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Norton Hall

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A bit of help req!

In the May 21st 1850 edition of the Derbyshire Mercury there is a notice advertising the Sale of the Estate of Samuel Shaw of Norton Hall.

One of the Many Lots up for Sale is The Lay Rectory of Norton with the Chancel of Norton Parish Church, or such part as belonged to the said Samuel Shaw, thereof and a rent charge of £14 per Annum upon lands in the Parish of Norton in lieu of Rectorial Tythes.

Just out of interest can any one explain how this arrangement worked, ie did the Shaws own the Chancel?

Also any info on the following Lots in the Sale.

A Brick yard with Dwelling House and Brick Kilns thereon at Meadowhead

A well frequented Public House at Norton Woodseats

A Mansion House called Low Fields House half a mile from Sheffield with Gardens, Pleasure gardens,Vineries,Hot Houses, Stables and Out Buildings.

About 13 Acres of Coal in the Township of Coal Aston.

Thanks Southside

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A bit of help req!

In the May 21st 1850 edition of the Derbyshire Mercury there is a notice advertising the Sale of the Estate of Samuel Shaw of Norton Hall.

A well frequented Public House at Norton Woodseats

A Mansion House called Low Fields House half a mile from Sheffield with Gardens, Pleasure gardens,Vineries,Hot Houses, Stables and Out Buildings.

About 13 Acres of Coal in the Township of Coal Aston.

Thanks Southside

The Free Masons Arms was open at that time at Norton Woodseats, not aware of any others ? Anyone else got any thoughts please ?

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A bit of help req!

In the May 21st 1850 edition of the Derbyshire Mercury there is a notice advertising the Sale of the Estate of Samuel Shaw of Norton Hall.

One of the Many Lots up for Sale is The Lay Rectory of Norton with the Chancel of Norton Parish Church, or such part as belonged to the said Samuel Shaw, thereof and a rent charge of £14 per Annum upon lands in the Parish of Norton in lieu of Rectorial Tythes.

Just out of interest can any one explain how this arrangement worked, ie did the Shaws own the Chancel?

Also any info on the following Lots in the Sale.

A Brick yard with Dwelling House and Brick Kilns thereon at Meadowhead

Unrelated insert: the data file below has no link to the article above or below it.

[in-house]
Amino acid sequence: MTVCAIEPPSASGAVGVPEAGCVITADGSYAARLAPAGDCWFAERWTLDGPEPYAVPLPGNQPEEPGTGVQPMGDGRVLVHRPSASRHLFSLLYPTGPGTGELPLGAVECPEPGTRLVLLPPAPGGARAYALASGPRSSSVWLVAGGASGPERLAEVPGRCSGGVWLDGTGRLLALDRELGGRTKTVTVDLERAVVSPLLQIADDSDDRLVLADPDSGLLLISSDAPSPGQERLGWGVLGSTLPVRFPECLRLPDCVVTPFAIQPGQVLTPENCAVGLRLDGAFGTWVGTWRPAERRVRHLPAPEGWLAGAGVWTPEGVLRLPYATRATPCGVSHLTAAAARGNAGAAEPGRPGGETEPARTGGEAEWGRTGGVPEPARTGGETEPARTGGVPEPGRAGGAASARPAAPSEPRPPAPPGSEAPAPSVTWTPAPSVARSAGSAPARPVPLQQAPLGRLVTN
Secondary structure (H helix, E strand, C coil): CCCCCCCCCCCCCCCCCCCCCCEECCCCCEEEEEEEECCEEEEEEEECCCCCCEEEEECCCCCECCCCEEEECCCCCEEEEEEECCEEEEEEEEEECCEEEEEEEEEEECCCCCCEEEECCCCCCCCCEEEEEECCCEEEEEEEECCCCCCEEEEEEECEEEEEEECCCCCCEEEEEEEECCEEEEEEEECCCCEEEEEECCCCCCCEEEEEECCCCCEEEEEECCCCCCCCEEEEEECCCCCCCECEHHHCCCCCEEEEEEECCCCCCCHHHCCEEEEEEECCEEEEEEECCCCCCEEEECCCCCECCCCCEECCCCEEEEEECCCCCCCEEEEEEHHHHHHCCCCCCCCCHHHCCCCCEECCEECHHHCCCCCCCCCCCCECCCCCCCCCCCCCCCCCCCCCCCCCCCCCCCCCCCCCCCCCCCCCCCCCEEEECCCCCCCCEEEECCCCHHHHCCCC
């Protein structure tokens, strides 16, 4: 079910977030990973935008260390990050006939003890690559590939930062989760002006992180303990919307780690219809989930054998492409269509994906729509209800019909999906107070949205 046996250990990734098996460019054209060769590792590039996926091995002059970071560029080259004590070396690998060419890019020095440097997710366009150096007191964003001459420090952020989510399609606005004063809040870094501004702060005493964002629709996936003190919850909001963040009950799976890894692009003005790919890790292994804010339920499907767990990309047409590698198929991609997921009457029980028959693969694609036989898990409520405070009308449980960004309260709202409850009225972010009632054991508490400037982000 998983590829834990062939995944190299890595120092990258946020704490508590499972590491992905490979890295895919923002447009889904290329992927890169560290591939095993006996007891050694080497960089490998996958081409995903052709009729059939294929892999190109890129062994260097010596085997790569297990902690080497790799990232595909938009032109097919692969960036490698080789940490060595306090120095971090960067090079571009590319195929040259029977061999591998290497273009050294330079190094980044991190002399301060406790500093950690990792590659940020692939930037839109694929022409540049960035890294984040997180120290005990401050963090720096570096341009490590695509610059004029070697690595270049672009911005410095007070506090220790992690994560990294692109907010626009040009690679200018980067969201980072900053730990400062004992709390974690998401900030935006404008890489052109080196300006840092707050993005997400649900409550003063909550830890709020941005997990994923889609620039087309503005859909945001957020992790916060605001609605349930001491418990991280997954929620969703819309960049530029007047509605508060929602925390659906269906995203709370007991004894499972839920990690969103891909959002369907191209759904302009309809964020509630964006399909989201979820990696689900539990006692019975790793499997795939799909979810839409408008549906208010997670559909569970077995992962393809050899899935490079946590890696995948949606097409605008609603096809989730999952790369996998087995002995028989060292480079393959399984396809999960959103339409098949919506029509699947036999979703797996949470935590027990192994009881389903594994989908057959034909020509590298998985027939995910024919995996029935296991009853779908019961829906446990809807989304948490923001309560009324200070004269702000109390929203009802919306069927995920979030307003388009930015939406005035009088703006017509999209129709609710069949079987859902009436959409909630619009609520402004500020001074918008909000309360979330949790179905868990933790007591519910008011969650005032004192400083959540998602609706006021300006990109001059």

A well frequented Public House at Norton Woodseats

A Mansion House called Low Fields House half a mile from Sheffield with Gardens, Pleasure gardens,Vineries,Hot Houses, Stables and Out Buildings.

About 13 Acres of Coal in the Township of Coal Aston.

Thanks Southside

HI Southside l think the brickyard referred to is lower down than Meadowhead, the old Woodside brickworks on Chesterfield Rd, l think is the one, now Homebase which was the first to be built on that site after the brickworks closed. The Public House would have been the Norton Hotel at Meadowhead or the Abbey at the bottom, having said that the Chantry on Woodseats bottom was a popular watering hole in those days after the haul up from Lowfields both for man and beast. not quite sure on that Regarding the Mansion House at Low Fields that would probably have been the one situated at the bottom of Sharrow Lane.

[Although l had to submit a Property Condition for the Estates Surveyors Dept] on this building, l can't recall its name. Taking a guess at the Coal Aston land, l believe this was where the Holmesdale Estate was eventually built by Redmiles whom l was told the great,great grandfather bought the land for a song with no building rights, till the ban was lifted about a century later. Take this info with a pinch of salt but its not far out.Food for thought anyway. Cheers Skeets.

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Regarding the Mansion House at Low Fields that would probably have been the one situated at the bottom of Sharrow Lane.

Good suggestion skeets, it's a a bit of a puzzler that one,

Mount Pleasant could fit the discription.

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A bit of help req!

In the May 21st 1850 edition of the Derbyshire Mercury there is a notice advertising the Sale of the Estate of Samuel Shaw of Norton Hall.

One of the Many Lots up for Sale is The Lay Rectory of Norton with the Chancel of Norton Parish Church, or such part as belonged to the said Samuel Shaw, thereof and a rent charge of £14 per Annum upon lands in the Parish of Norton in lieu of Rectorial Tythes.

Just out of interest can any one explain how this arrangement worked, ie did the Shaws own the Chancel?

I'm willing to accept a second opinion, but I think it works like this.